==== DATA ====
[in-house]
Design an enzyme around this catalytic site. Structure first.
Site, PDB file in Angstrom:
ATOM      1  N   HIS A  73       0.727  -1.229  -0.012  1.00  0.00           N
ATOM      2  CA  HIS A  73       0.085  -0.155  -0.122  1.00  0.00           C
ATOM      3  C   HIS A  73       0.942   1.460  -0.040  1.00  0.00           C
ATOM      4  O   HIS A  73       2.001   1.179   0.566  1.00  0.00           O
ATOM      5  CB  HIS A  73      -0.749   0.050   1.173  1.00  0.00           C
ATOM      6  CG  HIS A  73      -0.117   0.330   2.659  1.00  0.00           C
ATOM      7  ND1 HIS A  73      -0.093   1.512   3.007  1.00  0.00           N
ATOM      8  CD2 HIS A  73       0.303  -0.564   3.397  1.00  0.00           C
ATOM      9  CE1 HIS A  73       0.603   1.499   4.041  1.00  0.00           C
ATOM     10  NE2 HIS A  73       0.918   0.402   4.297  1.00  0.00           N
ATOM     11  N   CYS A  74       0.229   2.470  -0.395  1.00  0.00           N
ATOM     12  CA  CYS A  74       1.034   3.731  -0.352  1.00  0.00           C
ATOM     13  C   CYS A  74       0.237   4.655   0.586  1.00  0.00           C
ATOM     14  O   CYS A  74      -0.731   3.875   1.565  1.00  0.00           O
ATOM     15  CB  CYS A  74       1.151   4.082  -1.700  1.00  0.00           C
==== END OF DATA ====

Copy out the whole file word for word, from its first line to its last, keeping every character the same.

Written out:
[in-house]
Design an enzyme around this catalytic site. Structure first.
Site, PDB file in Angstrom:
ATOM      1  N   HIS A  73       0.727  -1.229  -0.012  1.00  0.00           N
ATOM      2  CA  HIS A  73       0.085  -0.155  -0.122  1.00  0.00           C
ATOM      3  C   HIS A  73       0.942   1.460  -0.040  1.00  0.00           C
ATOM      4  O   HIS A  73       2.001   1.179   0.566  1.00  0.00           O
ATOM      5  CB  HIS A  73      -0.749   0.050   1.173  1.00  0.00           C
ATOM      6  CG  HIS A  73      -0.117   0.330   2.659  1.00  0.00           C
ATOM      7  ND1 HIS A  73      -0.093   1.512   3.007  1.00  0.00           N
ATOM      8  CD2 HIS A  73       0.303  -0.564   3.397  1.00  0.00           C
ATOM      9  CE1 HIS A  73       0.603   1.499   4.041  1.00  0.00           C
ATOM     10  NE2 HIS A  73       0.918   0.402   4.297  1.00  0.00           N
ATOM     11  N   CYS A  74       0.229   2.470  -0.395  1.00  0.00           N
ATOM     12  CA  CYS A  74       1.034   3.731  -0.352  1.00  0.00           C
ATOM     13  C   CYS A  74       0.237   4.655   0.586  1.00  0.00           C
ATOM     14  O   CYS A  74      -0.731   3.875   1.565  1.00  0.00           O
ATOM     15  CB  CYS A  74       1.151   4.082  -1.700  1.00  0.00           C